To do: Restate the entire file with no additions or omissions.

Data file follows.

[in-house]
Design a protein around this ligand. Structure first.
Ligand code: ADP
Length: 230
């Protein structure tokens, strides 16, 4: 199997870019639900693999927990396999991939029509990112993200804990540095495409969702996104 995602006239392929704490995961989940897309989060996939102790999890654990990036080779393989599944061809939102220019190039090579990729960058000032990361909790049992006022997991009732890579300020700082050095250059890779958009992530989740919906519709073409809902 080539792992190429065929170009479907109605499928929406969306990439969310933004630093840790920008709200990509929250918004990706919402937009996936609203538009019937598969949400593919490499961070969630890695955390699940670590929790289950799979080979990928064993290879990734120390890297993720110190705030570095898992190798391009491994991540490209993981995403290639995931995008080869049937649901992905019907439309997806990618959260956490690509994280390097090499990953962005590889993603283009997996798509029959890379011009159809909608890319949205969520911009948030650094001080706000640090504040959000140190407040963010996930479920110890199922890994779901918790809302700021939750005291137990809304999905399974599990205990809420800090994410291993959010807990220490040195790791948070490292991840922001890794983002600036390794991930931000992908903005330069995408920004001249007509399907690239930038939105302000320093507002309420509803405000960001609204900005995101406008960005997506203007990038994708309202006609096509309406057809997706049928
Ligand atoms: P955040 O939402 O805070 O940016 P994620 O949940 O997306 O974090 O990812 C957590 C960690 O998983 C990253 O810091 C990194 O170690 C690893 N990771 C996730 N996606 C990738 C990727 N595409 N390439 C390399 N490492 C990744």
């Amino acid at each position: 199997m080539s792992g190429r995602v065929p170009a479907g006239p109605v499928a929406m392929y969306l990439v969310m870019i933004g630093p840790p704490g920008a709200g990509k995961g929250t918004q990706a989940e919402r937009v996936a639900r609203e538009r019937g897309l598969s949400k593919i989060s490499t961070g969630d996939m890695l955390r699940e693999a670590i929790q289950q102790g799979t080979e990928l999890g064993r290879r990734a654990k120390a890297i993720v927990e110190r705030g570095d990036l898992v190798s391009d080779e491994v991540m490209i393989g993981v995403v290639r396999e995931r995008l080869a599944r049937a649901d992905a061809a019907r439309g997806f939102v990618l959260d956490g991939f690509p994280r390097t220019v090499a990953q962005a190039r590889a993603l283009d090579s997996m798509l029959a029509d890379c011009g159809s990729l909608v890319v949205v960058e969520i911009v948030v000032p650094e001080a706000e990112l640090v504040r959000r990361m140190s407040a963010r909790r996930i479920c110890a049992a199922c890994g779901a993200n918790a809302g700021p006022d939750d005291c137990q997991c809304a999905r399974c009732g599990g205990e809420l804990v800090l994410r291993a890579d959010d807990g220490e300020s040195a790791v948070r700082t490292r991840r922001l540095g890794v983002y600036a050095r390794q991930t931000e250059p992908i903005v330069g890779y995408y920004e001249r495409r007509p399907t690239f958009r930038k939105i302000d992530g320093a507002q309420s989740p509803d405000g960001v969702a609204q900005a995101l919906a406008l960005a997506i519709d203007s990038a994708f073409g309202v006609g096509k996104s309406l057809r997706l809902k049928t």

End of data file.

[in-house]
Design a protein around this ligand. Structure first.
Ligand code: ADP
Length: 230
């Protein structure tokens, strides 16, 4: 199997870019639900693999927990396999991939029509990112993200804990540095495409969702996104 995602006239392929704490995961989940897309989060996939102790999890654990990036080779393989599944061809939102220019190039090579990729960058000032990361909790049992006022997991009732890579300020700082050095250059890779958009992530989740919906519709073409809902 080539792992190429065929170009479907109605499928929406969306990439969310933004630093840790920008709200990509929250918004990706919402937009996936609203538009019937598969949400593919490499961070969630890695955390699940670590929790289950799979080979990928064993290879990734120390890297993720110190705030570095898992190798391009491994991540490209993981995403290639995931995008080869049937649901992905019907439309997806990618959260956490690509994280390097090499990953962005590889993603283009997996798509029959890379011009159809909608890319949205969520911009948030650094001080706000640090504040959000140190407040963010996930479920110890199922890994779901918790809302700021939750005291137990809304999905399974599990205990809420800090994410291993959010807990220490040195790791948070490292991840922001890794983002600036390794991930931000992908903005330069995408920004001249007509399907690239930038939105302000320093507002309420509803405000960001609204900005995101406008960005997506203007990038994708309202006609096509309406057809997706049928
Ligand atoms: P955040 O939402 O805070 O940016 P994620 O949940 O997306 O974090 O990812 C957590 C960690 O998983 C990253 O810091 C990194 O170690 C690893 N990771 C996730 N996606 C990738 C990727 N595409 N390439 C390399 N490492 C990744």
């Amino acid at each position: 199997m080539s792992g190429r995602v065929p170009a479907g006239p109605v499928a929406m392929y969306l990439v969310m870019i933004g630093p840790p704490g920008a709200g990509k995961g929250t918004q990706a989940e919402r937009v996936a639900r609203e538009r019937g897309l598969s949400k593919i989060s490499t961070g969630d996939m890695l955390r699940e693999a670590i929790q289950q102790g799979t080979e990928l999890g064993r290879r990734a654990k120390a890297i993720v927990e110190r705030g570095d990036l898992v190798s391009d080779e491994v991540m490209i393989g993981v995403v290639r396999e995931r995008l080869a599944r049937a649901d992905a061809a019907r439309g997806f939102v990618l959260d956490g991939f690509p994280r390097t220019v090499a990953q962005a190039r590889a993603l283009d090579s997996m798509l029959a029509d890379c011009g159809s990729l909608v890319v949205v960058e969520i911009v948030v000032p650094e001080a706000e990112l640090v504040r959000r990361m140190s407040a963010r909790r996930i479920c110890a049992a199922c890994g779901a993200n918790a809302g700021p006022d939750d005291c137990q997991c809304a999905r399974c009732g599990g205990e809420l804990v800090l994410r291993a890579d959010d807990g220490e300020s040195a790791v948070r700082t490292r991840r922001l540095g890794v983002y600036a050095r390794q991930t931000e250059p992908i903005v330069g890779y995408y920004e001249r495409r007509p399907t690239f958009r930038k939105i302000d992530g320093a507002q309420s989740p509803d405000g960001v969702a609204q900005a995101l919906a406008l960005a997506i519709d203007s990038a994708f073409g309202v006609g096509k996104s309406l057809r997706l809902k049928t």